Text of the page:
INTERVIEWER: Can you remember, like, if we try to go back there…if you try to maybe close your eyes and imagine being back there; can you remember the feeling? What’s sort of feelings come up?
THOMAS: Safety. Familiarity. Neighborhood. I was back in DC last October for a convention and I got on the, I think we had some spare time, so, I got on the Metro bus at 16th and K and drove, went over to Silver Spring and caught the #70 bus down Georgia Avenue and I got off the bus at Rittenhouse Street, started walking around the neighborhood and I got the same feeling. It’s all changed, it’s different, you know, but I got the same feeling of comfortable familiarity. There’s no place like home.
INTERVIEWER: So, a lot of people have mentioned to us this aspect of walking to the theater, especially as now it seems, that seems unusual?
THOMAS: It is, yes. Well, you walked everywhere.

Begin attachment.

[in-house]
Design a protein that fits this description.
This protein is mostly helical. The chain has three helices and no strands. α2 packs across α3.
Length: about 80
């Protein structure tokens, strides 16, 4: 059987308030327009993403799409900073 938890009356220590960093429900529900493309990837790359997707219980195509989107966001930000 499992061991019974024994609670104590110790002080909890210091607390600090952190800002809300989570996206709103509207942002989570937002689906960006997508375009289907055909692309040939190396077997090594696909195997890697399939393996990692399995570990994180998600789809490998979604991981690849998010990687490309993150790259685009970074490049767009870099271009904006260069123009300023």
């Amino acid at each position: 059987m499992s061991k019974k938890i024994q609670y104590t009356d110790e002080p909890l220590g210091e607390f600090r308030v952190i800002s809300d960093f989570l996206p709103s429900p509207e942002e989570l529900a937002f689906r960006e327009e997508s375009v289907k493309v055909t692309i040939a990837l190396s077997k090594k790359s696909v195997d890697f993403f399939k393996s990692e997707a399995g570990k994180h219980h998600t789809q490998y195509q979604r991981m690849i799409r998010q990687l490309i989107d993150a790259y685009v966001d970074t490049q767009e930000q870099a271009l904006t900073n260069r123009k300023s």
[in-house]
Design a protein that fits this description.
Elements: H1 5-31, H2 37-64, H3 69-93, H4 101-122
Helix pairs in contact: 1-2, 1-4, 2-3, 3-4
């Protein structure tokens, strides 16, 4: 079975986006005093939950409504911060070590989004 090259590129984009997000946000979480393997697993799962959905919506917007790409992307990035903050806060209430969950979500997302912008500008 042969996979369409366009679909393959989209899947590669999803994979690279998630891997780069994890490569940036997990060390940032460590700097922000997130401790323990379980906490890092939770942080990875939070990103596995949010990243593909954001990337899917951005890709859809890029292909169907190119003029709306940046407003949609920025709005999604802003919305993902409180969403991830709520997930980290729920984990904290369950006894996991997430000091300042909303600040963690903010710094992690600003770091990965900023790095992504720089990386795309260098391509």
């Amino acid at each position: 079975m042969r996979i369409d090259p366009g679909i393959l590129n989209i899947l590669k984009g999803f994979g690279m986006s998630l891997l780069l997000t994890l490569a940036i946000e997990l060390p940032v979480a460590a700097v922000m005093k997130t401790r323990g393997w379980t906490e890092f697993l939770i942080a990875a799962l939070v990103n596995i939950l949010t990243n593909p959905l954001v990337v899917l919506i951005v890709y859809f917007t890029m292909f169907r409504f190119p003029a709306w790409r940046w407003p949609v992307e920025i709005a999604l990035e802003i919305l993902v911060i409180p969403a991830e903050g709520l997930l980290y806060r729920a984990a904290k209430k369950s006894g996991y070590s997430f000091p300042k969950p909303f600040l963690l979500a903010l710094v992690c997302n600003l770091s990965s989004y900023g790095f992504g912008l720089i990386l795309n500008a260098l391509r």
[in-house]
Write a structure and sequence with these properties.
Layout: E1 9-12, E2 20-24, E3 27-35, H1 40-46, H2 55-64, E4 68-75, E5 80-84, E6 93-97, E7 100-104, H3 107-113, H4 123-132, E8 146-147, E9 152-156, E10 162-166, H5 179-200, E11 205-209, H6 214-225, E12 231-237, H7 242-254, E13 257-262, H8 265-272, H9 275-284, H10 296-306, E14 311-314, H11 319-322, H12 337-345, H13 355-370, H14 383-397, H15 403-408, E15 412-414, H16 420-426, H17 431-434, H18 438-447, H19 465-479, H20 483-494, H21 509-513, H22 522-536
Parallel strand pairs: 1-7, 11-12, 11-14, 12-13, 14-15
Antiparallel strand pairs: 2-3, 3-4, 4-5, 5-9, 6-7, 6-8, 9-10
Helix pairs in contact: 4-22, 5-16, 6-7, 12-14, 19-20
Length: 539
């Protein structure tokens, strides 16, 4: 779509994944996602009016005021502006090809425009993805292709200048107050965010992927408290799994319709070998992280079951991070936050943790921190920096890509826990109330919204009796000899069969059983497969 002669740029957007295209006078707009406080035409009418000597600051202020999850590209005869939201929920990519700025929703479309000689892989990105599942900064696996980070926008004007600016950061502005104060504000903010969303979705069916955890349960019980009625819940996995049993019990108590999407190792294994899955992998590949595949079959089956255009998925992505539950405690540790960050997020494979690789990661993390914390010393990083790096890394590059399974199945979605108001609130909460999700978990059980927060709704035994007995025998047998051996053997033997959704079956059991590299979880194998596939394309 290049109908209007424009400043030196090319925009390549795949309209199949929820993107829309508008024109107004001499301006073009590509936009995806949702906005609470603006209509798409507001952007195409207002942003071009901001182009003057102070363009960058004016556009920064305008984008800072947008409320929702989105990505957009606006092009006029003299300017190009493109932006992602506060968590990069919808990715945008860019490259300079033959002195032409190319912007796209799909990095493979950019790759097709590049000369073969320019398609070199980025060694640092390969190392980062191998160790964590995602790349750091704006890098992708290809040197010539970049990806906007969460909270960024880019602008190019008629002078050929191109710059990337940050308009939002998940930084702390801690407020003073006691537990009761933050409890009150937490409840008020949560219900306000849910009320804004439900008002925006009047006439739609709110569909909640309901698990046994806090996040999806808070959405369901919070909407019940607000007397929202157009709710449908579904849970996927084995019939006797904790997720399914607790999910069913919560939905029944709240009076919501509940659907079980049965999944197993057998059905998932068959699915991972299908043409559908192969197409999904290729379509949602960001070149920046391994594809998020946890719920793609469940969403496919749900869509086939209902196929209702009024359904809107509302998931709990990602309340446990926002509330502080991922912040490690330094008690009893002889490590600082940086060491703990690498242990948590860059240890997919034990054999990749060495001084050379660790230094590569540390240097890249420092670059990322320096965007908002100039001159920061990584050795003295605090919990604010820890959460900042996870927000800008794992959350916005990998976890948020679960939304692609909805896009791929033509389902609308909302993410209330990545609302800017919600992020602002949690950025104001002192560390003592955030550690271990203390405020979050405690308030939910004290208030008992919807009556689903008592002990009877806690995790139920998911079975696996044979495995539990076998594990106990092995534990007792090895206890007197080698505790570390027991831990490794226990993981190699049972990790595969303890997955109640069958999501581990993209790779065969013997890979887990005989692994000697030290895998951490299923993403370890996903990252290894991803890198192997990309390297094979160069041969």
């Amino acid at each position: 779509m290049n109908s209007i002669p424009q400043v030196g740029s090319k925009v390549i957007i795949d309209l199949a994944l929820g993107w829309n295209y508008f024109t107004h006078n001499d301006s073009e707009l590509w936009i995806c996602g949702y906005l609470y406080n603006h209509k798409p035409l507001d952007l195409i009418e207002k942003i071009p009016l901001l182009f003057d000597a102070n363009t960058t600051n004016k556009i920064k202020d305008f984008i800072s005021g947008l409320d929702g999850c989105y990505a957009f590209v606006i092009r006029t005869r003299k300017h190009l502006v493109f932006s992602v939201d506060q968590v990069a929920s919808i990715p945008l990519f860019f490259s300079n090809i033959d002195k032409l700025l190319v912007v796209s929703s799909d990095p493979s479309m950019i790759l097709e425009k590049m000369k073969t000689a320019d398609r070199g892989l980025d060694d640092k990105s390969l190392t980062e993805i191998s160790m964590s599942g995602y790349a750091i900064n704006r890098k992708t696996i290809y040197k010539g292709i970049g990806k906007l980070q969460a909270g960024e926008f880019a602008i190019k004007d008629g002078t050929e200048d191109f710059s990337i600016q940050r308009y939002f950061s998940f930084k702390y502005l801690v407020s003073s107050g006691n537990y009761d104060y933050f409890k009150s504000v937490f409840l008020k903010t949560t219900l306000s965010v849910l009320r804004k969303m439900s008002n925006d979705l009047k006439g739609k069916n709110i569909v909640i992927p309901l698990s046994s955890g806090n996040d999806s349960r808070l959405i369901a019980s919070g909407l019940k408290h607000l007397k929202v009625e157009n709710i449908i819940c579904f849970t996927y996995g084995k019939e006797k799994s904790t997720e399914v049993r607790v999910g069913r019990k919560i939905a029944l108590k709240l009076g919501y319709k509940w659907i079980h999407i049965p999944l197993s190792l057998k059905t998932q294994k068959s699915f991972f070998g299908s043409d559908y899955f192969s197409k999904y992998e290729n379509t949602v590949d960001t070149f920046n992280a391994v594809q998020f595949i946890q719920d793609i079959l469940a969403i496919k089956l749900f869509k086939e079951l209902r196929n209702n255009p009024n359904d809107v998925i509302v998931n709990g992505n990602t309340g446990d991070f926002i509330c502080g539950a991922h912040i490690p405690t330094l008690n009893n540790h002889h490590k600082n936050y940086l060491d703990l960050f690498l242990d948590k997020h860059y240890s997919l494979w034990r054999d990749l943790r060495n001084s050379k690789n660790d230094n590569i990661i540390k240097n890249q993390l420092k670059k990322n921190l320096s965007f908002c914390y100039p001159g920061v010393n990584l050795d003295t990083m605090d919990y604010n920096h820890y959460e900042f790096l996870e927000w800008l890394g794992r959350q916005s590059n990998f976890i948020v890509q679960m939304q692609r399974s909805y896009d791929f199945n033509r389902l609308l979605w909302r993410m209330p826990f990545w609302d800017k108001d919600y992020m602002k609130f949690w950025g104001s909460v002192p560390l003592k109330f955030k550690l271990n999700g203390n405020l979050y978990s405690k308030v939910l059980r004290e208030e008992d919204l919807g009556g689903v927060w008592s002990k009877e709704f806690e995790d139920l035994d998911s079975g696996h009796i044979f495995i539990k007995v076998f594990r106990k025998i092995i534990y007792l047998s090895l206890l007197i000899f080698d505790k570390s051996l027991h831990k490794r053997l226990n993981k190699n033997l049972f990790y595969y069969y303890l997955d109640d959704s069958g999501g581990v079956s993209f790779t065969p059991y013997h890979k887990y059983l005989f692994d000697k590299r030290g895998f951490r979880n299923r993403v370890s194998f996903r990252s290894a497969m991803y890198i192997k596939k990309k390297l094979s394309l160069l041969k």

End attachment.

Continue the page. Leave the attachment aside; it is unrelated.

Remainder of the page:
INTERVIEWER: So, first of all, what do you think has changed? How do you think that that affected the experience of going to the movies when you were a kid?
THOMAS: Well, it was all neighborhood, and that’s where we went. You didn’t get in the car to go to a 35-screen metro-plex cinema. You stayed around people you knew, and things you were familiar with and, uh, we had, the nearest theater to us was the Takoma, and that’s another one to study later, on 4th and Butternut Street N.W. And, that was just like the Sheridan. I know some kids up in that neighborhood…but the neighborhoods almost seemed to me different worlds. We never saw Takoma kids down in the Sheridan area, we never saw, we never went there either.
INTERVIEWER: Was there any rivalry?
THOMAS: No, not really. But, you know, think about this; there was no internet, there was no cell phones, there was no 24-hour news cycle, uh, nobody had a car, in fact a lot of the kids came to the Sheridan by streetcar on Georgia Avenue, from, you know, north, up further up. The only parking was in…have you ever been to the Sheridan Theater?
INTERVIEWER: I have, yes.